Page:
When you decorate your home for Christmas, the best place to start is to pick a colour theme. Some colours are Christmas staples, such as red and green, but there are also some other colour trends that are becoming increasingly popular, many of which have some historical ties to the festive season, that you may not realise.
Take a look at our guide to 2022 Christmas colour themes and the history and symbolism behind them.
Plus, you’ll be pleased to know Virginia Hayward has a hamper for every colour scheme, so you can combine your decorations with your decadent hampers.
The History of Christmas Colours
Red and Green is probably the colour combination most associated with Christmas, this is actually because centuries ago it was linked to winter solstice festivities. The Celtics believed that holly bushes brought good fortune and beauty during winter, so they would decorate their homes with red and green plants to promote prosperity.
Over time this developed into hanging red and green decorations around their homes, a tradition that would get handed down to the present day.
Fast forward to the modern day, and one of the many reasons red and green are cemented as Christmas colours is the Coca-Cola brand! The illustrator Haddon Sundblom was tasked with bringing Father Christmas to life in 1931, painting him as a jolly fellow dressed in Coco-Cola branded red with green script and botanicals around him – these adverts ran for 33 years and were so iconic, they changed the way America imagine Santa Claus.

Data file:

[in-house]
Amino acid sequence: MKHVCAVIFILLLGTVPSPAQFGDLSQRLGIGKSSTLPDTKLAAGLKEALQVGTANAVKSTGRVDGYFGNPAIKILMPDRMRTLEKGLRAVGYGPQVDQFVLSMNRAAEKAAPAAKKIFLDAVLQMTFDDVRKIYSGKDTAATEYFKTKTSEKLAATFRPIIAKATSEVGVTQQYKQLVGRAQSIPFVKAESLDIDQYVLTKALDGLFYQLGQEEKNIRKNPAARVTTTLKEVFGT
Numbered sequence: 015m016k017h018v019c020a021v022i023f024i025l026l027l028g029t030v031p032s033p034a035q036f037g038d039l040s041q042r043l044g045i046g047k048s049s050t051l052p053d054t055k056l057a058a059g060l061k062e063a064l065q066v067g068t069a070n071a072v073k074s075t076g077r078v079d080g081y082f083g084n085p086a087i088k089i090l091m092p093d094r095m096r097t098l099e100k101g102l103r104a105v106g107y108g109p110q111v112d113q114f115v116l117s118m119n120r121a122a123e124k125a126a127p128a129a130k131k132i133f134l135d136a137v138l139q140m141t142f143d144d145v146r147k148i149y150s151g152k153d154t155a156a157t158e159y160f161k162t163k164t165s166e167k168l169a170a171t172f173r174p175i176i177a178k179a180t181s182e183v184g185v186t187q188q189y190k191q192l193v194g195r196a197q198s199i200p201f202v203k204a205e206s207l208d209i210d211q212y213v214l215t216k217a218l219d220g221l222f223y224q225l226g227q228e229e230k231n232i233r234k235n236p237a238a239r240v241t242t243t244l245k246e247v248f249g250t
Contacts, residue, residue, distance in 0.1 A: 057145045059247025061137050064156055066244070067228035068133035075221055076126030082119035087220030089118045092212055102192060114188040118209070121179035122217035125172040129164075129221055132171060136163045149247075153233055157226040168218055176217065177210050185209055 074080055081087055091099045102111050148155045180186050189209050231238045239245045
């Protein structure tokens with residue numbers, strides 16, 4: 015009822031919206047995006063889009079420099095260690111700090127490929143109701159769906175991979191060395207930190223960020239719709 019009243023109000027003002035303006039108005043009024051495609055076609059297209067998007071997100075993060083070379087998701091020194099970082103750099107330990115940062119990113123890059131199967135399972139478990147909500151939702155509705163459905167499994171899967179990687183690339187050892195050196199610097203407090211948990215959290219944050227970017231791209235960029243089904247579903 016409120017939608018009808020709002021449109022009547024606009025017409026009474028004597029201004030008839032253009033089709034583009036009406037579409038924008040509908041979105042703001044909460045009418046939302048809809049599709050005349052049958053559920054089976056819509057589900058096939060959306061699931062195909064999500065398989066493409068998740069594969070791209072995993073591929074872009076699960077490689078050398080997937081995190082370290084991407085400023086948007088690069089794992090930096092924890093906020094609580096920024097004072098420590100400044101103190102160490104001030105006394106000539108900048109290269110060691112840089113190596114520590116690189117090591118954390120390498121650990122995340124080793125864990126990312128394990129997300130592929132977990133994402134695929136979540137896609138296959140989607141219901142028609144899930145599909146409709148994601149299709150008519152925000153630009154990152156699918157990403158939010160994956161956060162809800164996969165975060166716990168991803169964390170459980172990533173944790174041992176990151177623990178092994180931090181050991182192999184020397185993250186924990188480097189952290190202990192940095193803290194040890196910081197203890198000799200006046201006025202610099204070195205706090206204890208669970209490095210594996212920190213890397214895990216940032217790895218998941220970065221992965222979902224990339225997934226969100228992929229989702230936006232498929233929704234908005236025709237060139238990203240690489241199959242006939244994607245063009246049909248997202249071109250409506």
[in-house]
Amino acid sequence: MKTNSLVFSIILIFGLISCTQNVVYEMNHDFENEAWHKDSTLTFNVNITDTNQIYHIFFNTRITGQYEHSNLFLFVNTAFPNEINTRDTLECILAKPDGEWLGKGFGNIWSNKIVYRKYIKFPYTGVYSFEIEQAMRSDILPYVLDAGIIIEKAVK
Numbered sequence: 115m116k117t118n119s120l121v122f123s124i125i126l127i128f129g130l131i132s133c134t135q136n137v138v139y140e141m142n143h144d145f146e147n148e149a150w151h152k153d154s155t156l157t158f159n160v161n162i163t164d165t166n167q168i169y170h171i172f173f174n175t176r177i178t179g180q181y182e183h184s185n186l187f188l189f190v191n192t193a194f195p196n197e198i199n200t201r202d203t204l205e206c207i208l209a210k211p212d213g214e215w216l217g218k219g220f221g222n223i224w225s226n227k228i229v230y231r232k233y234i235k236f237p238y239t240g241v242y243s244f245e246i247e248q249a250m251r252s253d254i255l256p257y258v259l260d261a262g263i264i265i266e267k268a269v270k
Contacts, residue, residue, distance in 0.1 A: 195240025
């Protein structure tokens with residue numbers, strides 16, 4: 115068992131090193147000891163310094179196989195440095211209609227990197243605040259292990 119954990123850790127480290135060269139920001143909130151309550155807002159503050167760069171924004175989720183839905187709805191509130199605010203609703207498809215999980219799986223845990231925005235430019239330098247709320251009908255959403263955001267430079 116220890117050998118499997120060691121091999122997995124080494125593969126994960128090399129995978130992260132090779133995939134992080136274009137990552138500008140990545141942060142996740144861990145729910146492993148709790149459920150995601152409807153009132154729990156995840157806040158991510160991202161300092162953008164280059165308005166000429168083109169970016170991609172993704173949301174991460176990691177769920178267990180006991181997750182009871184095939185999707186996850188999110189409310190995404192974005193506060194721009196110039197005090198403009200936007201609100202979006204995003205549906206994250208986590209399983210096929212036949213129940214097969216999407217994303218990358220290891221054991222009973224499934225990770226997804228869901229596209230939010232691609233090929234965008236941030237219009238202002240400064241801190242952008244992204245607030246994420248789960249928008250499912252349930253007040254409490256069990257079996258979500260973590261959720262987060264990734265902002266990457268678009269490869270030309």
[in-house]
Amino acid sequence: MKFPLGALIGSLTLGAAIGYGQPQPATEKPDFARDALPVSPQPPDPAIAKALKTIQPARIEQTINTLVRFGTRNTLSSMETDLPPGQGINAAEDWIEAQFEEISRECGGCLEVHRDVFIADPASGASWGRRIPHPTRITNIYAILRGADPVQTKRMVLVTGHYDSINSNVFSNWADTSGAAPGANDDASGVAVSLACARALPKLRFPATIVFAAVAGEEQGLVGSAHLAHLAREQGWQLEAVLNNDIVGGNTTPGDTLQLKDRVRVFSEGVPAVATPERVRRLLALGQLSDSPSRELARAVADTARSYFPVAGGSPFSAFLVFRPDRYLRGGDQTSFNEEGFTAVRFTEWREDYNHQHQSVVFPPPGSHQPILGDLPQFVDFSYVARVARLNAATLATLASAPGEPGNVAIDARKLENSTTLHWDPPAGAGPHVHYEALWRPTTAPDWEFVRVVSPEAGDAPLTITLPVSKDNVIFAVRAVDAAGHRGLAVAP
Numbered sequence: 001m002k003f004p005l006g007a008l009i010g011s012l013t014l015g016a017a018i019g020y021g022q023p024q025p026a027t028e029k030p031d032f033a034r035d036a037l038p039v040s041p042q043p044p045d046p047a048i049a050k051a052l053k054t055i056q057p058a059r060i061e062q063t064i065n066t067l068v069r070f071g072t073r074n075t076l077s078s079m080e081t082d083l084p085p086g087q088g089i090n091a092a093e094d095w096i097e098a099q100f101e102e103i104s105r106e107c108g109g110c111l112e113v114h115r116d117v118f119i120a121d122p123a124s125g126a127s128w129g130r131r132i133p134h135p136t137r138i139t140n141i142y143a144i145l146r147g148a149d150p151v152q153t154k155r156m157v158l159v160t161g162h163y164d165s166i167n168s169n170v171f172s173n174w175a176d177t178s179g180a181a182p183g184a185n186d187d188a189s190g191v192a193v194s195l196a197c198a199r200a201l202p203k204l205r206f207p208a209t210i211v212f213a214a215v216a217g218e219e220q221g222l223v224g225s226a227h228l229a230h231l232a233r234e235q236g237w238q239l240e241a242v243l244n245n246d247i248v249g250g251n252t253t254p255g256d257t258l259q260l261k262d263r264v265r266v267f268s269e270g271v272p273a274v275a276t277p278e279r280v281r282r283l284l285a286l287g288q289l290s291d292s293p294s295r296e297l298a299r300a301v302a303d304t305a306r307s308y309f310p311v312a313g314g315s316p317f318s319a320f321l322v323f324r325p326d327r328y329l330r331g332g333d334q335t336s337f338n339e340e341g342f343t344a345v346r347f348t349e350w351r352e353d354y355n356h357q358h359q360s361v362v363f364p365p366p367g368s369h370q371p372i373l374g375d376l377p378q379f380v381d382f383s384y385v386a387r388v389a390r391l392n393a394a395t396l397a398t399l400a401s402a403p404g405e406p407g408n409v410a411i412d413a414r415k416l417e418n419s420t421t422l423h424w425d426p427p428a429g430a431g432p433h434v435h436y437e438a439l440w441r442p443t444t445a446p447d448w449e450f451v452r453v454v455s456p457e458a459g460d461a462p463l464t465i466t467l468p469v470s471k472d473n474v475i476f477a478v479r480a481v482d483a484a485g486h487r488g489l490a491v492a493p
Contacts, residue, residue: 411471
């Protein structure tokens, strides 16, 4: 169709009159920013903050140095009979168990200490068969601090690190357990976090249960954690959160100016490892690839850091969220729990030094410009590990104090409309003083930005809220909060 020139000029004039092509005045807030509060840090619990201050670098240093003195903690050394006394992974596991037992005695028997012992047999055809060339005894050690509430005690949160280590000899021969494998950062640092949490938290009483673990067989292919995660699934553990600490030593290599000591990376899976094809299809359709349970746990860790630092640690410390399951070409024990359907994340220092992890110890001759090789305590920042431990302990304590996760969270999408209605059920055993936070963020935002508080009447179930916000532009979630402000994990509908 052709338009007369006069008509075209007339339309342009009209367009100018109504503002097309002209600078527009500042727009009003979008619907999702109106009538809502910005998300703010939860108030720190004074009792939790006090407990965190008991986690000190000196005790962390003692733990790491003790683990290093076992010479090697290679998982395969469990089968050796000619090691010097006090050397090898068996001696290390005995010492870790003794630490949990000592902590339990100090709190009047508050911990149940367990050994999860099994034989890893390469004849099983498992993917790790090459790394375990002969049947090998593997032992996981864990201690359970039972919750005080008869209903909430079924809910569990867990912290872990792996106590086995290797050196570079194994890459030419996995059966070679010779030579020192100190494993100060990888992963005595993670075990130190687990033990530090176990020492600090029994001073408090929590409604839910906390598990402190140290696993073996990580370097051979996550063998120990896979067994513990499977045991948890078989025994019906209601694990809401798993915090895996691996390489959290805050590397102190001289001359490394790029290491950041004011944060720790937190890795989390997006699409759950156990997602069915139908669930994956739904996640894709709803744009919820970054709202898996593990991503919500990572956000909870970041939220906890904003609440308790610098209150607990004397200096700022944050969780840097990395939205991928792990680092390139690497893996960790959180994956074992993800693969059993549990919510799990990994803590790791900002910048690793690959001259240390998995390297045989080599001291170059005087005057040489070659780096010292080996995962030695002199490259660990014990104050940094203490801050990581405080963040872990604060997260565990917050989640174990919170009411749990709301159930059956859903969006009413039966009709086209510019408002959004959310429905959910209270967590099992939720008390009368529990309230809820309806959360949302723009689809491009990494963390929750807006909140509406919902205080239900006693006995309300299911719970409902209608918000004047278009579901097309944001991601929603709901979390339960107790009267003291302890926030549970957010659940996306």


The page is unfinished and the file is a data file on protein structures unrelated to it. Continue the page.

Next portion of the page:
There are of course other colours we traditionally think of as ‘Christmas colours’.
The colour Gold has long been synonymous with Christmas due to its many religious links. Most obviously it symbolises the gift carried by one of the wise men in the story of the nativity. It is also the colour of the star, that the shepherds followed to Bethlehem. The colour gold also signifies the gift of eternal life within many western religions.
Blue traditionally represents the Mother Mary, in medieval times blue dye was expensive and rare (even more than real gold), it would only be worn by royalty and very wealthy aristocrats and so Mary was often painted wearing blue to show her importance and significance.
Purple is actually a colour in many western cultures deeply rooted in the tradition of Advent. You may think of advent calendars where a door is opened each day on the lead-up to Christmas. Within the Christian church, advent is the season of reflective preparation for the celebration of the nativity (or arrival) of Jesus.
During the four weeks of advent, Christians use a wreath decorated with five candles to symbolise the phases of the preparation. The first advent candle (which represents hope) is purple, the second (which represents peace) and the fourth candle (which represents love) are all purple. The third candle is pink, which represents joy and celebration. The 5th middle candle is white, which is known as the Christ candle.